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Life Is Like a Dream

December 24, 2006 |   By Qing Yan

(Clearwisdom.net) Qian Yang, from Wuxi City, Jiangso Province, was a renowned scholar from the Qing Dynasty. He was very knowledgeable regarding classic and old stone tablets and made a living engraving notes and writings.

One day he had a dream. In the dream, he was in a mansion, and his servant boys, wife, and concubines came to greet him. They said, "Your two sons are in the capital taking the exam, and we just had three more grandchildren. Our entire family is extremely happy!" He walked into one room and saw gold pieces piled up like a mountain. Then an old servant ran in and said," Your two sons both passed the exam." He woke up, still enjoying his dream.

A few days later, he had another dream. In the dream, he was admiring treasures, paintings, and books with a nobleman. There was a pair of priceless jade mallard ducks that he could not help holding in his hand to see more closely. Suddenly the ducks fell and broke into pieces. The owner was enraged. Qian knelt in front of him and begged his forgiveness. He promised to compensate for the loss. He sold all his possessions, but it was still not enough. When he went to his old friends to borrow money, no one was willing to lend him any. Qian was in poverty and misery. His whole family was starving, and his wife looked pitiful.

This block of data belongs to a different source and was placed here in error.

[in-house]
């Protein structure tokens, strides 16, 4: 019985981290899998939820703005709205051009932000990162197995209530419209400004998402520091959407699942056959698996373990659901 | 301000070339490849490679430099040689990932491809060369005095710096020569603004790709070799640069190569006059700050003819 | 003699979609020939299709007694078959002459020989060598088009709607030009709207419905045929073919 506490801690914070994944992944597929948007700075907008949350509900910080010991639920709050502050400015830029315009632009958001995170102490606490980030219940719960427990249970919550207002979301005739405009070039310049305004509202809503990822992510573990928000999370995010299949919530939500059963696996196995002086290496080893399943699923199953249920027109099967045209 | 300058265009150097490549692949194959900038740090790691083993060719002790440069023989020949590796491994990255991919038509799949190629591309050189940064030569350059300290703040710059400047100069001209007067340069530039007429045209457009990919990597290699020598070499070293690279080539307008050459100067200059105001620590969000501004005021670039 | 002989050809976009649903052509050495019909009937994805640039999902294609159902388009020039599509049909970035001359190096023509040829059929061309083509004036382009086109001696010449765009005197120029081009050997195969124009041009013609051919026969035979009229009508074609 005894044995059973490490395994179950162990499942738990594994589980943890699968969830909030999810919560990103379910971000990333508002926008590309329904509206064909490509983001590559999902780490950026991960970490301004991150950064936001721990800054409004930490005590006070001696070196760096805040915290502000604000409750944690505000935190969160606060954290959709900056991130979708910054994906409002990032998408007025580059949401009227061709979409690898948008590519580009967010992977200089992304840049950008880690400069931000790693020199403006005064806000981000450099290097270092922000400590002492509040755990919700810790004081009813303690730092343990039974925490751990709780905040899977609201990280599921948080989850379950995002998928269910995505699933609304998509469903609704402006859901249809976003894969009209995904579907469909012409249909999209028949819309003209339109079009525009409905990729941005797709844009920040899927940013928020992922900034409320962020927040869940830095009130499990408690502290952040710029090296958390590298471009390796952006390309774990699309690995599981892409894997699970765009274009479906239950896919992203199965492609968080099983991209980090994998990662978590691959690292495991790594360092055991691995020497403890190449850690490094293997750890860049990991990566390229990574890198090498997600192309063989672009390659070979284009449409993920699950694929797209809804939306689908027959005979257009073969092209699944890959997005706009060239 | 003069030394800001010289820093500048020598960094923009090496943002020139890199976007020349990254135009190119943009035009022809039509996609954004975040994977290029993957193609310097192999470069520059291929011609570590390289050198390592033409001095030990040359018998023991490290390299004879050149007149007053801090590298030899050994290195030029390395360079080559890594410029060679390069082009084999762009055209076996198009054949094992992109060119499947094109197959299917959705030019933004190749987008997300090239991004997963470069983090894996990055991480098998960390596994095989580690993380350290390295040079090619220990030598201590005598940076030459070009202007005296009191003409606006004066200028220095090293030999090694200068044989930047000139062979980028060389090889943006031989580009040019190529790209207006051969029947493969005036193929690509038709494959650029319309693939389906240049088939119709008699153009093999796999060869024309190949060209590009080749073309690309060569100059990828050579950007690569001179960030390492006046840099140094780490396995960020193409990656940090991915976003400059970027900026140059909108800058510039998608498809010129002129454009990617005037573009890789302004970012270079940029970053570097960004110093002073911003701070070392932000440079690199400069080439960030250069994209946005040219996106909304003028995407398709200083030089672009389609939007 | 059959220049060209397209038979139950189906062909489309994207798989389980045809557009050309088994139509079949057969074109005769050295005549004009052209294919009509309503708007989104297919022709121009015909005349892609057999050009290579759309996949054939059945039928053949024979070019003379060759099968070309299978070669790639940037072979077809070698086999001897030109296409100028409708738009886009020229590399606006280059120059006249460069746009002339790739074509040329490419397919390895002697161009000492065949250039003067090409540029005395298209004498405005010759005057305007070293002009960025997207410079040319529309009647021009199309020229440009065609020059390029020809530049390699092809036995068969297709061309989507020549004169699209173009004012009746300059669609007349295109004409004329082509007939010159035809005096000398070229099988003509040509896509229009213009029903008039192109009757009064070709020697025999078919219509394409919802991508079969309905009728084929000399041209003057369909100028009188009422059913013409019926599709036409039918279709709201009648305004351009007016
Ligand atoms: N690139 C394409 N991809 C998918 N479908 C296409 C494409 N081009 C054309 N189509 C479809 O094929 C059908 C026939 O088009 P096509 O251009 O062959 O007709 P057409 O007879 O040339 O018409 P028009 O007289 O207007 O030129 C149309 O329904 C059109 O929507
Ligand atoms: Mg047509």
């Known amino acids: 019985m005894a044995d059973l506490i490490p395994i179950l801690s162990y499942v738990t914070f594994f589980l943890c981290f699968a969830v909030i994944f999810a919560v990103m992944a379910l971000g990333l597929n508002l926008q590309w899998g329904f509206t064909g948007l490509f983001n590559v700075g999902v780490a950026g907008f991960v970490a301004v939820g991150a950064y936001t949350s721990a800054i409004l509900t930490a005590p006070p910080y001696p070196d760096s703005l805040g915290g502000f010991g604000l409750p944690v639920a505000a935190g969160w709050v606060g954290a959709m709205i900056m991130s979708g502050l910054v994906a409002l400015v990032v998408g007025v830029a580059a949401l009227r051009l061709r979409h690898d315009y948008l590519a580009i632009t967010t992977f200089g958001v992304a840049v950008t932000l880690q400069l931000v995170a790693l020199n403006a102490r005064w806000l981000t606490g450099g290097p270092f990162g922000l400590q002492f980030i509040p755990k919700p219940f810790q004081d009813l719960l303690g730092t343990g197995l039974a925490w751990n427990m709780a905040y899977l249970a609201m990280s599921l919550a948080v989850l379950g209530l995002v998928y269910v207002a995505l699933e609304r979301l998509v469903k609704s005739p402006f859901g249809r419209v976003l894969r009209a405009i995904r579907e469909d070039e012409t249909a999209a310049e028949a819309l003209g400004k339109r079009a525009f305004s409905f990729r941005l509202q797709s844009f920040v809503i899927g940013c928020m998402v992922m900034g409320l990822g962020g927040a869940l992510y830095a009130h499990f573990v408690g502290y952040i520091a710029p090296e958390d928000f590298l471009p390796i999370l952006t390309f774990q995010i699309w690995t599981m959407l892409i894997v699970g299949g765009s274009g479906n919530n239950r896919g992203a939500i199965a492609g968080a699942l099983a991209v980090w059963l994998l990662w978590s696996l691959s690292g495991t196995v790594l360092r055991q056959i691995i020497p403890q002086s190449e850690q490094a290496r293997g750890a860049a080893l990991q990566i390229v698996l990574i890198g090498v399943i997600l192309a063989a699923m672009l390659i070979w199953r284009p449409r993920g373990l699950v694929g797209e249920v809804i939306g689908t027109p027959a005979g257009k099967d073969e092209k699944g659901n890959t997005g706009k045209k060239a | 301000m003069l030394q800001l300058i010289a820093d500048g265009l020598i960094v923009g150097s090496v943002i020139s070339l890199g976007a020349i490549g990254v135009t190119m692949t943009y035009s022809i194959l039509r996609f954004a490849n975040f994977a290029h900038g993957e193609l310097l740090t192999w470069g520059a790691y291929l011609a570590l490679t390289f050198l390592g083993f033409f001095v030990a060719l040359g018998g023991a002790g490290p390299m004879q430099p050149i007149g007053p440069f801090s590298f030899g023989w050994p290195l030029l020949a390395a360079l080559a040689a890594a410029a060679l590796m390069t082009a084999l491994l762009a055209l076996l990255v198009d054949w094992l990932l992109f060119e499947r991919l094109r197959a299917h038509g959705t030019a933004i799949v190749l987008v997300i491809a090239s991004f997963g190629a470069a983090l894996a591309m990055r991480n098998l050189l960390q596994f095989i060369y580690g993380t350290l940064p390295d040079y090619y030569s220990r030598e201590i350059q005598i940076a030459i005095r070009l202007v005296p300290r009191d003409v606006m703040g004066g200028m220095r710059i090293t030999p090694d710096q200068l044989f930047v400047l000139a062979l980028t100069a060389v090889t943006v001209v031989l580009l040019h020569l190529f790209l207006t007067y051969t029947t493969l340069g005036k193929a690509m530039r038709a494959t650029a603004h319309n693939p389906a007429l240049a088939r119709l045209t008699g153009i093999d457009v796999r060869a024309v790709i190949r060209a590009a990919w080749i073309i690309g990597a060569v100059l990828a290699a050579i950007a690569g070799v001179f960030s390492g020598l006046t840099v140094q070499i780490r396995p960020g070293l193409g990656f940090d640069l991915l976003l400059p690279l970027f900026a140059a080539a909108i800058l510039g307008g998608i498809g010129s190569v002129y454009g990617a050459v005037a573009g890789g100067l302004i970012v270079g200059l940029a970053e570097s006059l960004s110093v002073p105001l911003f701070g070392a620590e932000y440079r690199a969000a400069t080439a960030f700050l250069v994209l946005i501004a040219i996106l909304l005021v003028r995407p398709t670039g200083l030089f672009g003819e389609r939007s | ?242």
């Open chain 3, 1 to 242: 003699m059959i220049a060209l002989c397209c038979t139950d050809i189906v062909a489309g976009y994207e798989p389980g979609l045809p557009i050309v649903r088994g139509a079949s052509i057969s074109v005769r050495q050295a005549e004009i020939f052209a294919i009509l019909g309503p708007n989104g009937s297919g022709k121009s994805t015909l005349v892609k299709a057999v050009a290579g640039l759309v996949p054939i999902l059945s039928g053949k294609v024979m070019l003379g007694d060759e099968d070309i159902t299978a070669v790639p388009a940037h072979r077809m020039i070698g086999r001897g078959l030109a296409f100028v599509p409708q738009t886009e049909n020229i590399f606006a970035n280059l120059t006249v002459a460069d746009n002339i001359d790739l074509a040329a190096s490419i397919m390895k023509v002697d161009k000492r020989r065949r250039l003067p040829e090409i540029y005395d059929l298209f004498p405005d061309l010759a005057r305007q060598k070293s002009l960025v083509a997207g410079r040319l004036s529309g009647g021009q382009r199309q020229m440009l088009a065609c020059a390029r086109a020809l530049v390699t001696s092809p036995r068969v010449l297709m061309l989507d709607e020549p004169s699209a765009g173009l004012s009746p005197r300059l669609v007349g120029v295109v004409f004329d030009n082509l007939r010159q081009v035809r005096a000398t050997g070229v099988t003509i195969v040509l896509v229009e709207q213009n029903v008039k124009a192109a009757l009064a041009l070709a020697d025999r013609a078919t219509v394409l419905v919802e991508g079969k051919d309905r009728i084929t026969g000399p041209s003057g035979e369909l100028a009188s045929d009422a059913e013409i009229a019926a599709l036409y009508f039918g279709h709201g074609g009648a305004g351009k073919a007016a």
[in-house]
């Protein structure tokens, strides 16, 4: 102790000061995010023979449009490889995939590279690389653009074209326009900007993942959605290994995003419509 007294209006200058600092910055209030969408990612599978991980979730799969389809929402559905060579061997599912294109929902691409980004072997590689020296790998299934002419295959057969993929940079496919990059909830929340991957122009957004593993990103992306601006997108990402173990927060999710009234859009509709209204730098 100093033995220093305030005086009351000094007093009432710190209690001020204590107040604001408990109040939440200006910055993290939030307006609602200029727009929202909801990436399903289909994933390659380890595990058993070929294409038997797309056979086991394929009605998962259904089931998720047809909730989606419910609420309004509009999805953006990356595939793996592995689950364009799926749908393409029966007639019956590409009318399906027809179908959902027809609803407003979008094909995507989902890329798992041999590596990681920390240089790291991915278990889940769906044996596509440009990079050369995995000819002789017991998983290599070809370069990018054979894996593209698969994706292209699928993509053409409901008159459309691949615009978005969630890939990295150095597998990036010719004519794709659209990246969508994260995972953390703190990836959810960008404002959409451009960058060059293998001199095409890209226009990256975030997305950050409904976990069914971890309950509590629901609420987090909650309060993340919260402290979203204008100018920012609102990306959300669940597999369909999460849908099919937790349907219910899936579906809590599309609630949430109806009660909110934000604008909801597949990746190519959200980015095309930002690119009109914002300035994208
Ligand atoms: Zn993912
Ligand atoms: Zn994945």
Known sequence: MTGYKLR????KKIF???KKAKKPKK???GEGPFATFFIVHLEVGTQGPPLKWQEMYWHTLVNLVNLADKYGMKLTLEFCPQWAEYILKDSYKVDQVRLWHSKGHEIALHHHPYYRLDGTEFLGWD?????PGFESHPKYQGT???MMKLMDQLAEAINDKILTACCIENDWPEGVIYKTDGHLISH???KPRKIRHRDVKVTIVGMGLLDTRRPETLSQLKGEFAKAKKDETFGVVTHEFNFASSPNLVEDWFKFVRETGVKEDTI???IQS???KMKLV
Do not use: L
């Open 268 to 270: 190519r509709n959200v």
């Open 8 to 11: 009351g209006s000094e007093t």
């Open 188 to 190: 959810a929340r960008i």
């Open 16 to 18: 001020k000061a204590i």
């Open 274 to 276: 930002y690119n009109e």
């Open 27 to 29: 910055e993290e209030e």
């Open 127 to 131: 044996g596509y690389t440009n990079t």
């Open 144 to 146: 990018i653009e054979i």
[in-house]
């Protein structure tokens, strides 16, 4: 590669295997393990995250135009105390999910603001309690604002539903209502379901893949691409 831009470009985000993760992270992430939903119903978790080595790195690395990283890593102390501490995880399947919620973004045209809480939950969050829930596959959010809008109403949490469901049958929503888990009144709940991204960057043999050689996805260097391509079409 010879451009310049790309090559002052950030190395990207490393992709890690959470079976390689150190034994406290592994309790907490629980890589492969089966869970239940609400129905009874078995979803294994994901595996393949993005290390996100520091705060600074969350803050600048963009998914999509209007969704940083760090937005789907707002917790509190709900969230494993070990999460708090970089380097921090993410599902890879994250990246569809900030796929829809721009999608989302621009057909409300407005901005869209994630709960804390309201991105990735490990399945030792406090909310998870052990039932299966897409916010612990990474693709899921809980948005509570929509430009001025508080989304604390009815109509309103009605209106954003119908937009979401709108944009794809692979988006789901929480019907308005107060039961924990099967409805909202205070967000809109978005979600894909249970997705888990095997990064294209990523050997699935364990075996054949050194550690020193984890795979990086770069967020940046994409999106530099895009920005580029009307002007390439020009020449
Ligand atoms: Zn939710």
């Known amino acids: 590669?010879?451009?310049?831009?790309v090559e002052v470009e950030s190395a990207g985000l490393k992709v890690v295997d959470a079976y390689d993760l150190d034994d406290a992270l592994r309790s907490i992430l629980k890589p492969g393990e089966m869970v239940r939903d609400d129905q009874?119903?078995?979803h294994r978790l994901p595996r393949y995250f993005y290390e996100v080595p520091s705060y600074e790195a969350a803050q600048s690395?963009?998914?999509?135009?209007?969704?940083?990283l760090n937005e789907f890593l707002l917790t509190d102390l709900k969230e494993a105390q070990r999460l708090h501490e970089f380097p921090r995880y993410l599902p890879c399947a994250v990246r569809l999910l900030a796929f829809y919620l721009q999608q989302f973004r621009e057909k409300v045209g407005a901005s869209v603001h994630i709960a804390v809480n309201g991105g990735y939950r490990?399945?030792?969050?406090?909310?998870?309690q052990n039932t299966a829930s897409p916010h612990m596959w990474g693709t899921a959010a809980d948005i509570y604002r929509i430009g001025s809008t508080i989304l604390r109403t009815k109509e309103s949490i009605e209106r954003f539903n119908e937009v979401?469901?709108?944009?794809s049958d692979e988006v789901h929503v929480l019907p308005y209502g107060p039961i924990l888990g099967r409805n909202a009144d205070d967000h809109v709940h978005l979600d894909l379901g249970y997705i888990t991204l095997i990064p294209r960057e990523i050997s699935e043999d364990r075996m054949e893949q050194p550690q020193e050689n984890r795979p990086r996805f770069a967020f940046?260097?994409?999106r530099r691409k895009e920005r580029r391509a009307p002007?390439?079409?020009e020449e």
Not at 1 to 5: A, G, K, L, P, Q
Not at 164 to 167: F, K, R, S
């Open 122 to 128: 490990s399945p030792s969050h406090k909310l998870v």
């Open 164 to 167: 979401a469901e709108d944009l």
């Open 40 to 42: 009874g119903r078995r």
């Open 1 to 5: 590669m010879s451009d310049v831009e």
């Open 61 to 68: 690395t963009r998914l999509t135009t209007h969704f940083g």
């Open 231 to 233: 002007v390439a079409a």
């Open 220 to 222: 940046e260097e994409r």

After he woke up, he realized that he had experienced being both rich and poor, gain and loss. He wrote a poem to express his sentiment: "Life is like a dream until death when you awake. Why worry about gain and loss? You would suffer until you are out of shape."

Actually, in the eyes of cultivators, life is like a dream. Life after life, only the main consciousness continues to live. No matter what wealth and fame you have in this lifetime, they disappear like a puff of smoke. You are only hurting yourself physically and emotionally by the endless struggles, attachments, and suffering; you cannot change your fate one bit. The only things that follow you from one life to the other are your virtue and karma. That is why traditional Chinese culture emphasizes "following the course of nature" and "revering heavens and knowing one's fate."

What is the purpose of being a human being? What is the meaning of life? Perhaps only the Buddha Fa--Falun Dafa--can shed some light on this mystery. Teacher Li, the founder of Falun Dafa, said "One should return to one's original, true self; this is the real purpose of being human." (Zhuan Falun)